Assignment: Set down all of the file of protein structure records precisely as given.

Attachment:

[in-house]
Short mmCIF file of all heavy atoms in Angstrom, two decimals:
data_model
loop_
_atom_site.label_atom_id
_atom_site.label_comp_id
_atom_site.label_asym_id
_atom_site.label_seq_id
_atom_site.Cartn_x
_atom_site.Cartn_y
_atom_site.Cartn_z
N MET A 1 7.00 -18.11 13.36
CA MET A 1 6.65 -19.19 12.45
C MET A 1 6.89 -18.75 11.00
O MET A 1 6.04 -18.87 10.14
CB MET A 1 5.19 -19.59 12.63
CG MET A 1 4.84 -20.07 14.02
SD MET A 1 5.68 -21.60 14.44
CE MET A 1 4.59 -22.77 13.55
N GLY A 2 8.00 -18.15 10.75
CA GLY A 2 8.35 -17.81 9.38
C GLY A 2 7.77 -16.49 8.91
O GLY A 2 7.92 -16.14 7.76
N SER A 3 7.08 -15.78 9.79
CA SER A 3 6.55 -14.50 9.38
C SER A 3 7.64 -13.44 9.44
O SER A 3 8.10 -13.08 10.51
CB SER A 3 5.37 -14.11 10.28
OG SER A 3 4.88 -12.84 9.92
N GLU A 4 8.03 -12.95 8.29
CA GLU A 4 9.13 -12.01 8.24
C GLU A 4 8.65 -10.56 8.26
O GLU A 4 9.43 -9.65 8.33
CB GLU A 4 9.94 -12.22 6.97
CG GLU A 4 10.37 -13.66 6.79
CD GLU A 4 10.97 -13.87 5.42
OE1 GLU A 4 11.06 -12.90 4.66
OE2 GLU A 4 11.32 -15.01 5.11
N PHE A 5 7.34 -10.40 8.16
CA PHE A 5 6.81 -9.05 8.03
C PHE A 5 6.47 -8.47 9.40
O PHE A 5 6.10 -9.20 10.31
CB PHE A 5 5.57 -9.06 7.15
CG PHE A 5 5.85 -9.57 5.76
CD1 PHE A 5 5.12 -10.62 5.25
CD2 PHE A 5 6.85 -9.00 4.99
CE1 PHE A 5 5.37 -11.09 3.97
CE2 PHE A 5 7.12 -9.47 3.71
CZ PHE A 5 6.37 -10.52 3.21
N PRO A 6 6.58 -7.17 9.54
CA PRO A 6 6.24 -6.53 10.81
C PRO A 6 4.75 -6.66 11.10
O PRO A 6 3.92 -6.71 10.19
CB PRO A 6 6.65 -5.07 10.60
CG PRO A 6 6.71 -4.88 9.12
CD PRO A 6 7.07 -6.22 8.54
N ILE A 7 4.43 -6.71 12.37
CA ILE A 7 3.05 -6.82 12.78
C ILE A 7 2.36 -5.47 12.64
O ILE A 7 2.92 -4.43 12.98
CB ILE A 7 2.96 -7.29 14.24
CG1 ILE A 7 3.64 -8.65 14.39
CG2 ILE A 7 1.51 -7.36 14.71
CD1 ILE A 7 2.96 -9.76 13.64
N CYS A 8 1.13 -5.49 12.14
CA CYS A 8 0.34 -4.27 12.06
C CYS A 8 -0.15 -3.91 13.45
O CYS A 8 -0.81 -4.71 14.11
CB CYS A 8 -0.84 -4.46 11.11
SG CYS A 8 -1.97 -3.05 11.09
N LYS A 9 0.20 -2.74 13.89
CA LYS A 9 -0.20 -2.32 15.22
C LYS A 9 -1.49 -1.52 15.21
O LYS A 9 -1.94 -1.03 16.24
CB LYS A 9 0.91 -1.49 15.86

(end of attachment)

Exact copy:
[in-house]
Short mmCIF file of all heavy atoms in Angstrom, two decimals:
data_model
loop_
_atom_site.label_atom_id
_atom_site.label_comp_id
_atom_site.label_asym_id
_atom_site.label_seq_id
_atom_site.Cartn_x
_atom_site.Cartn_y
_atom_site.Cartn_z
N MET A 1 7.00 -18.11 13.36
CA MET A 1 6.65 -19.19 12.45
C MET A 1 6.89 -18.75 11.00
O MET A 1 6.04 -18.87 10.14
CB MET A 1 5.19 -19.59 12.63
CG MET A 1 4.84 -20.07 14.02
SD MET A 1 5.68 -21.60 14.44
CE MET A 1 4.59 -22.77 13.55
N GLY A 2 8.00 -18.15 10.75
CA GLY A 2 8.35 -17.81 9.38
C GLY A 2 7.77 -16.49 8.91
O GLY A 2 7.92 -16.14 7.76
N SER A 3 7.08 -15.78 9.79
CA SER A 3 6.55 -14.50 9.38
C SER A 3 7.64 -13.44 9.44
O SER A 3 8.10 -13.08 10.51
CB SER A 3 5.37 -14.11 10.28
OG SER A 3 4.88 -12.84 9.92
N GLU A 4 8.03 -12.95 8.29
CA GLU A 4 9.13 -12.01 8.24
C GLU A 4 8.65 -10.56 8.26
O GLU A 4 9.43 -9.65 8.33
CB GLU A 4 9.94 -12.22 6.97
CG GLU A 4 10.37 -13.66 6.79
CD GLU A 4 10.97 -13.87 5.42
OE1 GLU A 4 11.06 -12.90 4.66
OE2 GLU A 4 11.32 -15.01 5.11
N PHE A 5 7.34 -10.40 8.16
CA PHE A 5 6.81 -9.05 8.03
C PHE A 5 6.47 -8.47 9.40
O PHE A 5 6.10 -9.20 10.31
CB PHE A 5 5.57 -9.06 7.15
CG PHE A 5 5.85 -9.57 5.76
CD1 PHE A 5 5.12 -10.62 5.25
CD2 PHE A 5 6.85 -9.00 4.99
CE1 PHE A 5 5.37 -11.09 3.97
CE2 PHE A 5 7.12 -9.47 3.71
CZ PHE A 5 6.37 -10.52 3.21
N PRO A 6 6.58 -7.17 9.54
CA PRO A 6 6.24 -6.53 10.81
C PRO A 6 4.75 -6.66 11.10
O PRO A 6 3.92 -6.71 10.19
CB PRO A 6 6.65 -5.07 10.60
CG PRO A 6 6.71 -4.88 9.12
CD PRO A 6 7.07 -6.22 8.54
N ILE A 7 4.43 -6.71 12.37
CA ILE A 7 3.05 -6.82 12.78
C ILE A 7 2.36 -5.47 12.64
O ILE A 7 2.92 -4.43 12.98
CB ILE A 7 2.96 -7.29 14.24
CG1 ILE A 7 3.64 -8.65 14.39
CG2 ILE A 7 1.51 -7.36 14.71
CD1 ILE A 7 2.96 -9.76 13.64
N CYS A 8 1.13 -5.49 12.14
CA CYS A 8 0.34 -4.27 12.06
C CYS A 8 -0.15 -3.91 13.45
O CYS A 8 -0.81 -4.71 14.11
CB CYS A 8 -0.84 -4.46 11.11
SG CYS A 8 -1.97 -3.05 11.09
N LYS A 9 0.20 -2.74 13.89
CA LYS A 9 -0.20 -2.32 15.22
C LYS A 9 -1.49 -1.52 15.21
O LYS A 9 -1.94 -1.03 16.24
CB LYS A 9 0.91 -1.49 15.86